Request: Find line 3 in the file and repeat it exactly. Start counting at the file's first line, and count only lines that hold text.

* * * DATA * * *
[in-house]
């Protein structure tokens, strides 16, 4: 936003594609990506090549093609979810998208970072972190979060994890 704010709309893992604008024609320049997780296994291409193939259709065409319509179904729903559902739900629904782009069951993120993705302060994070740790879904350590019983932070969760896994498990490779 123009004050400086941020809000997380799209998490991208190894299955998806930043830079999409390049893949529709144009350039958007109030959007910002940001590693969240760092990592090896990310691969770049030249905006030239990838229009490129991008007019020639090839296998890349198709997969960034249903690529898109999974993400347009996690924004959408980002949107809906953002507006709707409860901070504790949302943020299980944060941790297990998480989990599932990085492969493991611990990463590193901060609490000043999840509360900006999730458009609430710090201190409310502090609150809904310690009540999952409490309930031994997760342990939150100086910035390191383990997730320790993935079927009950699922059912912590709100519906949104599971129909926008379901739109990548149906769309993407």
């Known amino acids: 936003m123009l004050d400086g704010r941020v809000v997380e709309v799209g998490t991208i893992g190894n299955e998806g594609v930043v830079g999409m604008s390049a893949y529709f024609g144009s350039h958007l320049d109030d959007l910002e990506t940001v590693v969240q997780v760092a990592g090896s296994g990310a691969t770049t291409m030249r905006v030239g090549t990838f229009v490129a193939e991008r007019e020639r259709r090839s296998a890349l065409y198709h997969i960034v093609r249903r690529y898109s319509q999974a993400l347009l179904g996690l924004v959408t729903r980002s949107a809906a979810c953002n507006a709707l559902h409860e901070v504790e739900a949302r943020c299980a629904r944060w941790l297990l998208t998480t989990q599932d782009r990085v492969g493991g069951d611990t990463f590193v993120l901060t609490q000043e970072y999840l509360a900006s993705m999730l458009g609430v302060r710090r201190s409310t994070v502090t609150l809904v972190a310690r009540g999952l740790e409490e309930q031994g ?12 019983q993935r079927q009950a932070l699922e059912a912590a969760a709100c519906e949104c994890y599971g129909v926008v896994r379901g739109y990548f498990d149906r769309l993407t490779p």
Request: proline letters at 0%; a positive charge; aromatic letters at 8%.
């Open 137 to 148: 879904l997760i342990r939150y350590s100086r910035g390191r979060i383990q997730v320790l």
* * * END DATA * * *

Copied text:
């Known amino acids: 936003m123009l004050d400086g704010r941020v809000v997380e709309v799209g998490t991208i893992g190894n299955e998806g594609v930043v830079g999409m604008s390049a893949y529709f024609g144009s350039h958007l320049d109030d959007l910002e990506t940001v590693v969240q997780v760092a990592g090896s296994g990310a691969t770049t291409m030249r905006v030239g090549t990838f229009v490129a193939e991008r007019e020639r259709r090839s296998a890349l065409y198709h997969i960034v093609r249903r690529y898109s319509q999974a993400l347009l179904g996690l924004v959408t729903r980002s949107a809906a979810c953002n507006a709707l559902h409860e901070v504790e739900a949302r943020c299980a629904r944060w941790l297990l998208t998480t989990q599932d782009r990085v492969g493991g069951d611990t990463f590193v993120l901060t609490q000043e970072y999840l509360a900006s993705m999730l458009g609430v302060r710090r201190s409310t994070v502090t609150l809904v972190a310690r009540g999952l740790e409490e309930q031994g ?12 019983q993935r079927q009950a932070l699922e059912a912590a969760a709100c519906e949104c994890y599971g129909v926008v896994r379901g739109y990548f498990d149906r769309l993407t490779p």